Tag: "dark fiber"

Posted March 22, 2013 by lgonzalez

“Fiber is the key to assuring Palo Alto's long-term position as the Leading Digital City of the Future"

That was Palo Alto Mayor Greg Scharff who was giving his State of the City Address at Tesla Motors in February.

Mayor Scharff described 2013 as "the year of the future" for Palo Alto, with technology and infrastructure as two of the city's most pressing priorities. Scharff called for developing a plan to expand and optimize the city's current 33 miles of fiber with the aim to bring that fiber to homes and businesses. Scharff echoed the recent Gigabit City Challenge, offered by FCC Chairman Genachowski, noting that Palo Alto users should be have access to 1 gig, minimum.

Jason Green of the Mercury News reported on Scharff's speech in which he referenced the city's long desire to provide high speed access to residents:

"Ultra-high-speed Internet has been a Palo Alto vision for a long time. Now is the time to fulfill that vision," Scharff said. "Google has recently deployed ultra-high-speed Internet in Kansas City. Palo Alto can do better and has all of the elements that will make this a success."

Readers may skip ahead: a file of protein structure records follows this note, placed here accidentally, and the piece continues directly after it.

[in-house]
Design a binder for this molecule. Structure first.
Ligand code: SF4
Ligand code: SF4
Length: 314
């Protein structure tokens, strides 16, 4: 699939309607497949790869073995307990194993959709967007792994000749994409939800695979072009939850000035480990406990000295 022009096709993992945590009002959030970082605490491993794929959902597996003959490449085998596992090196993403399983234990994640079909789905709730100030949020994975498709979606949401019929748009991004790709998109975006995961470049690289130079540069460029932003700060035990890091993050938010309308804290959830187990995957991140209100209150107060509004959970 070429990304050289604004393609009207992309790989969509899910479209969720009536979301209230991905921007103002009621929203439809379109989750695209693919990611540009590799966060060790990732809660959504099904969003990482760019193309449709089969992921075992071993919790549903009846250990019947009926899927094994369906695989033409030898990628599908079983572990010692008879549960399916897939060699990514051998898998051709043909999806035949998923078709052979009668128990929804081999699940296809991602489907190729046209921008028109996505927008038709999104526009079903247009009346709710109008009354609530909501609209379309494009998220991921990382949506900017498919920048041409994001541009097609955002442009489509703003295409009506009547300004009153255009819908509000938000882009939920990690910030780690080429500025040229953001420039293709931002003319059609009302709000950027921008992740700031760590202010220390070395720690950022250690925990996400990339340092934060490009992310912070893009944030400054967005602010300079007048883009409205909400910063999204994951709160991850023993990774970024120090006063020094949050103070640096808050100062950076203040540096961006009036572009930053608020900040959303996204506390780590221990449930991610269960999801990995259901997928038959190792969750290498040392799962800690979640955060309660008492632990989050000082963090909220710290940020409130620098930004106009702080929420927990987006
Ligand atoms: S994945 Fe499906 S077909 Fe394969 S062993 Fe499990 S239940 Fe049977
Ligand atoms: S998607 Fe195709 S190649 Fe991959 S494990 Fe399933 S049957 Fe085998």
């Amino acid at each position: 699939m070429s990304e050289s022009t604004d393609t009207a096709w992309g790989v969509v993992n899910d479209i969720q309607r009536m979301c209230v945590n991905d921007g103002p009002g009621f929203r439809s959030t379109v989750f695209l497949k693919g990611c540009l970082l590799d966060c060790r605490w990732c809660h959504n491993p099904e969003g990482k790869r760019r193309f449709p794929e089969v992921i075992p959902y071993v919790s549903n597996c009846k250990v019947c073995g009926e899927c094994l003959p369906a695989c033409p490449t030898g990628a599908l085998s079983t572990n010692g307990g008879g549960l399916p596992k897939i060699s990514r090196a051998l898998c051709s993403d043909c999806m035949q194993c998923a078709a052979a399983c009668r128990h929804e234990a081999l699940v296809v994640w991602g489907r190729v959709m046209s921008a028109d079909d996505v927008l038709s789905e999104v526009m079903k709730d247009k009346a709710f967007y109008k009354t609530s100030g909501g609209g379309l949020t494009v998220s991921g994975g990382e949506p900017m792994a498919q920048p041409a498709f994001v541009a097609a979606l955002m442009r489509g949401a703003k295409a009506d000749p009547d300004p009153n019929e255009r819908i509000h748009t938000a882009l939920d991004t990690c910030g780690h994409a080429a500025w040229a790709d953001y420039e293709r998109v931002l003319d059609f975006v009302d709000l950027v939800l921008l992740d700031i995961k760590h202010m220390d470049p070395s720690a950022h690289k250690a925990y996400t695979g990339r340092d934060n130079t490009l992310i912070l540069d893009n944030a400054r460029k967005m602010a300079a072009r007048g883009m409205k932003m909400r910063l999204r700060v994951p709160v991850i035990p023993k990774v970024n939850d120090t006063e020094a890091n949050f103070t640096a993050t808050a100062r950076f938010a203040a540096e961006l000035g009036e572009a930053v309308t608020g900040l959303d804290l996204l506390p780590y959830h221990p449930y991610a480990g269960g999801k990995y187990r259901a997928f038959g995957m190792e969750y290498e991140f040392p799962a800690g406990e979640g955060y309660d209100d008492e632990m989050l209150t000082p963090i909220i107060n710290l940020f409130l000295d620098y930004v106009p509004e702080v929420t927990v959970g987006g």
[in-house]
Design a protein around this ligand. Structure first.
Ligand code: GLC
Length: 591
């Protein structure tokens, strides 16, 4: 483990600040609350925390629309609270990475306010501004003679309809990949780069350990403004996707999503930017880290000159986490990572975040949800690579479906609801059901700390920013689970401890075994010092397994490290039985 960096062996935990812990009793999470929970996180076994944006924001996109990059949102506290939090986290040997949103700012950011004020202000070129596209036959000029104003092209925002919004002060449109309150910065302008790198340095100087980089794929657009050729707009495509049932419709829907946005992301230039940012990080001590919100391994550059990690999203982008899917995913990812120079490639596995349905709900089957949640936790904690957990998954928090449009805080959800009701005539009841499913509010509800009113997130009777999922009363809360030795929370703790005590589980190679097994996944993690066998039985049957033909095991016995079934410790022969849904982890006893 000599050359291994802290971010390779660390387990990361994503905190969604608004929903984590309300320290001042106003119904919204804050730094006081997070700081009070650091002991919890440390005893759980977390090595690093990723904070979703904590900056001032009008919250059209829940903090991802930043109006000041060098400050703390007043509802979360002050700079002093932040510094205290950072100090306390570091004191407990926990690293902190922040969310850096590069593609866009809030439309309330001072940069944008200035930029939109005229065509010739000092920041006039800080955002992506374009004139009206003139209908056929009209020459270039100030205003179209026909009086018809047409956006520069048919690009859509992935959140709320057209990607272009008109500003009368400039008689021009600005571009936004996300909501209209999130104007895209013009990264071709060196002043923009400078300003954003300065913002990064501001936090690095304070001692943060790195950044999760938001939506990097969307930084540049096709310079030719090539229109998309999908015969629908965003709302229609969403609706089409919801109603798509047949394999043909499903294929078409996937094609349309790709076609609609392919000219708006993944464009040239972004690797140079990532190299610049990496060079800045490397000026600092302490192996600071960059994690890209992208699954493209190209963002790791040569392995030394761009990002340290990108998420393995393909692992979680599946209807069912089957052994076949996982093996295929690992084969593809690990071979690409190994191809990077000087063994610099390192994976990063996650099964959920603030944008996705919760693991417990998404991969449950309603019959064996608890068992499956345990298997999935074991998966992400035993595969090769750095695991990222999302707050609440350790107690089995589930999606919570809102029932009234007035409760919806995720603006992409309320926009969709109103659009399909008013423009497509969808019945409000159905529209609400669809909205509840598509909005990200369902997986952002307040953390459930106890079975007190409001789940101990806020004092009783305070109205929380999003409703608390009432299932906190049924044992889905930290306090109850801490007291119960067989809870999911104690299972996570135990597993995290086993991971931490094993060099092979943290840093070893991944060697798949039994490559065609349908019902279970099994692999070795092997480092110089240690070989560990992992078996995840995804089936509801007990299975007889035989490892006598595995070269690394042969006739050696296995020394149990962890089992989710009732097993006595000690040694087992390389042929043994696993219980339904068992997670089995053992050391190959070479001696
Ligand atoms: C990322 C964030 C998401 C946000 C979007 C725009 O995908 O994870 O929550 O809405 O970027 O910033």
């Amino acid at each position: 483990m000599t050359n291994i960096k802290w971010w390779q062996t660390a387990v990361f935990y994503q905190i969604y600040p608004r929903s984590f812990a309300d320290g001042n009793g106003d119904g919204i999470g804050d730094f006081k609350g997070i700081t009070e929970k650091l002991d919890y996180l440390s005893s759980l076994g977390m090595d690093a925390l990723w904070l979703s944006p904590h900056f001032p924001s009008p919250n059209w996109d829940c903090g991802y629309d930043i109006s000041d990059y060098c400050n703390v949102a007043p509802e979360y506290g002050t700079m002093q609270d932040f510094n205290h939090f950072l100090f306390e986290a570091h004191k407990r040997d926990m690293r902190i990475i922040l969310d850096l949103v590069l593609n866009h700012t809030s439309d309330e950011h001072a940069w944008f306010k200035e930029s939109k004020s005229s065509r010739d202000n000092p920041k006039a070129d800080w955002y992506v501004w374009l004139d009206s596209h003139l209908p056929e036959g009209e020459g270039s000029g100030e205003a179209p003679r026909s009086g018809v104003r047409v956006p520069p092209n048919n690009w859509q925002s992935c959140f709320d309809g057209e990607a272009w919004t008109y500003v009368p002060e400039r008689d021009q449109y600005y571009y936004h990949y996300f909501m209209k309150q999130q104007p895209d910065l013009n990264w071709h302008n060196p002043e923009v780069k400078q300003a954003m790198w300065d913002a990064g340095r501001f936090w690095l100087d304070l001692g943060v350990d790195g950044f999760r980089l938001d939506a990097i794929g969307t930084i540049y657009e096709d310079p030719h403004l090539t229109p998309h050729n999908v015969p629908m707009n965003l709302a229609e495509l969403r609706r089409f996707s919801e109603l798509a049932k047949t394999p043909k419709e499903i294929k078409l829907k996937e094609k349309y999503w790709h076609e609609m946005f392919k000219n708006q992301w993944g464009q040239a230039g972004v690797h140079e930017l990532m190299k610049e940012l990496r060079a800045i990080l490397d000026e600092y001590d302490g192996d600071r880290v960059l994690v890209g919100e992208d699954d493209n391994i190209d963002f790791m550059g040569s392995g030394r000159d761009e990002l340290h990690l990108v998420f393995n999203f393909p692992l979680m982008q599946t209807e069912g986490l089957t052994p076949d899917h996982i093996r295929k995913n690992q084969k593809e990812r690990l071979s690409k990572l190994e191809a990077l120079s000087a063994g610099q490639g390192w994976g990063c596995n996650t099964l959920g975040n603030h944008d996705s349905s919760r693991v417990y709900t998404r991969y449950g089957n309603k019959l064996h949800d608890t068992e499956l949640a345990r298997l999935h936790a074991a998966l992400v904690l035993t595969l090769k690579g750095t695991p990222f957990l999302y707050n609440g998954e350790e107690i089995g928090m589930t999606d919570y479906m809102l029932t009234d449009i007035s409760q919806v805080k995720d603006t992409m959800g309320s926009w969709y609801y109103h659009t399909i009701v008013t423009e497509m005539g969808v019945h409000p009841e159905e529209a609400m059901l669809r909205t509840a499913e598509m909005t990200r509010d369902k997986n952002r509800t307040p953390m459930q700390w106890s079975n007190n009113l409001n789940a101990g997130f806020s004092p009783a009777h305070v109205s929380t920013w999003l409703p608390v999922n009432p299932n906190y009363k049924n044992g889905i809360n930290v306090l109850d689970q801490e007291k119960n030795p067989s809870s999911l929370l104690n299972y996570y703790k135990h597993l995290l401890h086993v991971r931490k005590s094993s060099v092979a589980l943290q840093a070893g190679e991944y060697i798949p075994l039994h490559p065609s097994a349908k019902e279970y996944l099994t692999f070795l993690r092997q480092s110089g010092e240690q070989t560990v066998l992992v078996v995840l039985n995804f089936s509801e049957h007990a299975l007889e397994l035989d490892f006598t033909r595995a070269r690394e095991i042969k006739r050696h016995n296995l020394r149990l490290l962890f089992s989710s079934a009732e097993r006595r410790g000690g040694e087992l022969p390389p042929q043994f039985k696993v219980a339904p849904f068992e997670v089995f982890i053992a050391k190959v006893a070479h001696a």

Scharff also referred to how the city is currently using its fiber and some of the benefits:

“In 1996, our city built a 33-mile optical fiber ring routed within Palo Alto to enable better Internet connections.  Since then, we have been licensing use of this fiber to businesses. For the past decade, this activity has shown substantial positive cash flow and is currently making in excess of $2 million a year for the city. We now have that money in the bank earmarked for more fiber investments."

We spoke with Josh Wallace, from Palo Alto's Fiber Optic Development, in episode 26 of the Broadband Bits podcast about how the city uses dark fiber to connect businesses. As we noted in the past, a thorn in the side of Palo Alto's plan to offer lit services is Comcast, which has been willing to engage in dirty tricks in other communities to stop community owned networks....

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Posted March 20, 2013 by lgonzalez

Last summer, the city of Staunton, Virginia, sent out a press release about its new citywide free wi-fi service. Four hours later, a destructive storm ripped through Gypsy Hill Park knocking down trees and damaging buildings. Nevertheless, the equipment held on. Five days later, celebrants at the city's July 4th party used the free service in droves.